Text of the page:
The Department of Education (DepEd) applauds President Rodrigo Duterte’s executive order to establish new job titles for teachers.
DepEd claims that introducing new teaching levels will enhance teacher wages and promote teacher advancement.
The new positions of Teacher IV, Teacher V, Teacher VI, Teacher VII, and Master Teacher V are created under Duterte’s Executive Order No. 174.
The EO, signed on Thursday, encourages teachers in public schools to progress their careers and pursue professional development.
“The DepEd is jubilant about the timely issuance of Executive Order No. 174 titled Establishing the Expanded Career Progression System for Public School Teachers,” the DepEd said on Friday.
“We shall work with the Civil Service Commission, the Department of Budget and Management, and the Professional Regulation Commission in formulating the rules and regulations of the EO.”
The directive from Duterte stated that it would go into effect “immediately” after being published in the official gazette or a newspaper with wide circulation.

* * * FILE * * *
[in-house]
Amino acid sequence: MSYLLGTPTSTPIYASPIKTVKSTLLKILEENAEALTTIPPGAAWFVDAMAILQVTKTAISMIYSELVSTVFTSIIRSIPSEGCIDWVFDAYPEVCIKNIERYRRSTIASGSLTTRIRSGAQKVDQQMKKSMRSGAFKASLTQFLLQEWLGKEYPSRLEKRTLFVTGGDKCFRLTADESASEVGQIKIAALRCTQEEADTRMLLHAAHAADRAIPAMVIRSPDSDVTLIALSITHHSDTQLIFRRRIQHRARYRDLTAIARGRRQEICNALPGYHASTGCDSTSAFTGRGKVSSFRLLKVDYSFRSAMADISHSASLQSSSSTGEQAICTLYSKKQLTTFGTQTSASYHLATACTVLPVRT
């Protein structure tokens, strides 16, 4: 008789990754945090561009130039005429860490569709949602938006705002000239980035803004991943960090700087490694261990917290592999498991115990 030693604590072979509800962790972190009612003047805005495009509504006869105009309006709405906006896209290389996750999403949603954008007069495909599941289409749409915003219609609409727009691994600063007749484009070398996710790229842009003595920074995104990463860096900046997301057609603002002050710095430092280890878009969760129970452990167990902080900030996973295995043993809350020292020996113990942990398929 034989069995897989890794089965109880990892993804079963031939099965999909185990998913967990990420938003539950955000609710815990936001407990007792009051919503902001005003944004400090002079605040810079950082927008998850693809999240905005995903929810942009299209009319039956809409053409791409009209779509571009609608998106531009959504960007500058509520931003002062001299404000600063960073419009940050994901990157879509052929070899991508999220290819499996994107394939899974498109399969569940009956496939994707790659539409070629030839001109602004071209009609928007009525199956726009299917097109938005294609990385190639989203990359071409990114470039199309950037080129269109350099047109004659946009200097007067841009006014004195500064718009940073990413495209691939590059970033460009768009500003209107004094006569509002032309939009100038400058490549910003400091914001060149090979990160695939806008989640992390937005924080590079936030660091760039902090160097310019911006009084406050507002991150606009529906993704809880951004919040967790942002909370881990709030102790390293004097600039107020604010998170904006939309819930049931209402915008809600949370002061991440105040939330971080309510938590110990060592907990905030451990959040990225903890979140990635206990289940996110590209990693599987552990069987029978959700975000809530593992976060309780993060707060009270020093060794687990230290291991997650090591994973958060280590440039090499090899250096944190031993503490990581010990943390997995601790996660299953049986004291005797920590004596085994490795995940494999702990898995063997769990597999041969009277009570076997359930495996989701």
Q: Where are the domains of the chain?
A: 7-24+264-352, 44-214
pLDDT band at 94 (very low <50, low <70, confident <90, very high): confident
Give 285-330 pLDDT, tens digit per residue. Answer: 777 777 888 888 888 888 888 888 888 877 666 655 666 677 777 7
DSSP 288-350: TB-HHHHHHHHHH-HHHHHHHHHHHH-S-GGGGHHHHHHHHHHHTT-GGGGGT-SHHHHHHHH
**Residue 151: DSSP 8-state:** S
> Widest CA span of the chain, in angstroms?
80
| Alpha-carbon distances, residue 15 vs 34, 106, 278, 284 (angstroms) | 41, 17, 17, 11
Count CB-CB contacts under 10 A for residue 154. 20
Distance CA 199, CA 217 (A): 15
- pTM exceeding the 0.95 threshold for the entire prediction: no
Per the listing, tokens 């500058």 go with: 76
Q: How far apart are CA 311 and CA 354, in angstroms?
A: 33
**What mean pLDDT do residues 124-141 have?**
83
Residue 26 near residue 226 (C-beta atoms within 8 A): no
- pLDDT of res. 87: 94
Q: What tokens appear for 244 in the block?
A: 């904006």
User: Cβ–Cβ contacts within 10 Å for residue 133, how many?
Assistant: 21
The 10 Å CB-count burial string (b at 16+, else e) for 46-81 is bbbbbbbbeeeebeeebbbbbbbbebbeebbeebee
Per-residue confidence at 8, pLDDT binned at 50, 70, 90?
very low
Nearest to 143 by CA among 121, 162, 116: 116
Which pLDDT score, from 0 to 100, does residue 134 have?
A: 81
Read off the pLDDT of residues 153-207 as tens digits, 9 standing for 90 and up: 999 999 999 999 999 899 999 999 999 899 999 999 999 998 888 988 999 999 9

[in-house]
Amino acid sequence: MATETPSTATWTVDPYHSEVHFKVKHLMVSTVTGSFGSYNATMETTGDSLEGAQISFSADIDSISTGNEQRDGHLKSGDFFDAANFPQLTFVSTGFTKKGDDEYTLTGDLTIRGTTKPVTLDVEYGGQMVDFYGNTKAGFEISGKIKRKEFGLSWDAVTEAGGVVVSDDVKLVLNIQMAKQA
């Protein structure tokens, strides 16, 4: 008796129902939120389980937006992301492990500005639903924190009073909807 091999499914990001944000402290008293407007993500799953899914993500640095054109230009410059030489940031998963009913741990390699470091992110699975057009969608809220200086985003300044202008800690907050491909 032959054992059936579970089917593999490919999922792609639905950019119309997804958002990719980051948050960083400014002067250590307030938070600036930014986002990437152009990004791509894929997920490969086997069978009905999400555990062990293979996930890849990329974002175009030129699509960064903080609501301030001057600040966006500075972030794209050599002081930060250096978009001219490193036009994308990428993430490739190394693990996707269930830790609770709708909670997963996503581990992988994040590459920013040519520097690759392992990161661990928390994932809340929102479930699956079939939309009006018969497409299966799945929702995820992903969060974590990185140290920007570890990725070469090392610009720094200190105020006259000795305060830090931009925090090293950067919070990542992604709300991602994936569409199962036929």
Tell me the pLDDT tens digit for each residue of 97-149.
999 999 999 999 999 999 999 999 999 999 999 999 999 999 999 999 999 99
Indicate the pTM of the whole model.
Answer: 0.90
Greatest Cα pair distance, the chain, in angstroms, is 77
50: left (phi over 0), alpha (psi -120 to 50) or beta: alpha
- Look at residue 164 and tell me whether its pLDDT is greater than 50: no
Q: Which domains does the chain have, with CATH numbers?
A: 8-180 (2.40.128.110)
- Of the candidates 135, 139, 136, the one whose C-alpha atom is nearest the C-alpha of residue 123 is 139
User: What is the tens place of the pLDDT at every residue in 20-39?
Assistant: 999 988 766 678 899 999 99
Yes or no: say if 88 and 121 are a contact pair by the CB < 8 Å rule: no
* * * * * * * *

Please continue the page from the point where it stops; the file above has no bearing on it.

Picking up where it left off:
Duterte approves Teacher IV-VII, Master Teacher V positions in DepEd
According to DepEd Undersecretary Nepomuceno Malaluan, some teachers are stuck at the Teacher III level since the Master Teacher I job, which is the next open position, has high educational qualifications.
Teachers I and II receive salaries in grades 11 and 12, respectively, while Teachers III receives salaries in grades 13.
In 2020, ACT-Teachers Party-List Rep. France Castro filed House Bill (HB) No.8058 to amend the five-decade-old Republic Act (RA) 4670, or the Magna Carta for Public School Teachers.
“RA 4670 or the Magna Carta for Public School Teachers was enacted 54 years ago. Many changes in the conditions of the public education system have occurred, which would require the Magna Carta for Public School Teachers to be revisited and updated,” said Castro.
“In our proposed Magna Carta of Public School teachers, major amendments include a shorter period of four teaching hours; stronger protection for teachers hired on probationary status (parity in terms of salaries, benefits, and conditions of work with regular teachers, among others), and limitations on allowable salary deductions,” she enumerated.
Castro, a former public school teacher, said her bill also proposes provisions that grant public school teachers protection from out-of-pocket expenses; being assigned with non-teaching work as a general rule, unregulated class sizes, and other conditions detrimental to teaching; and understaffing and overloading.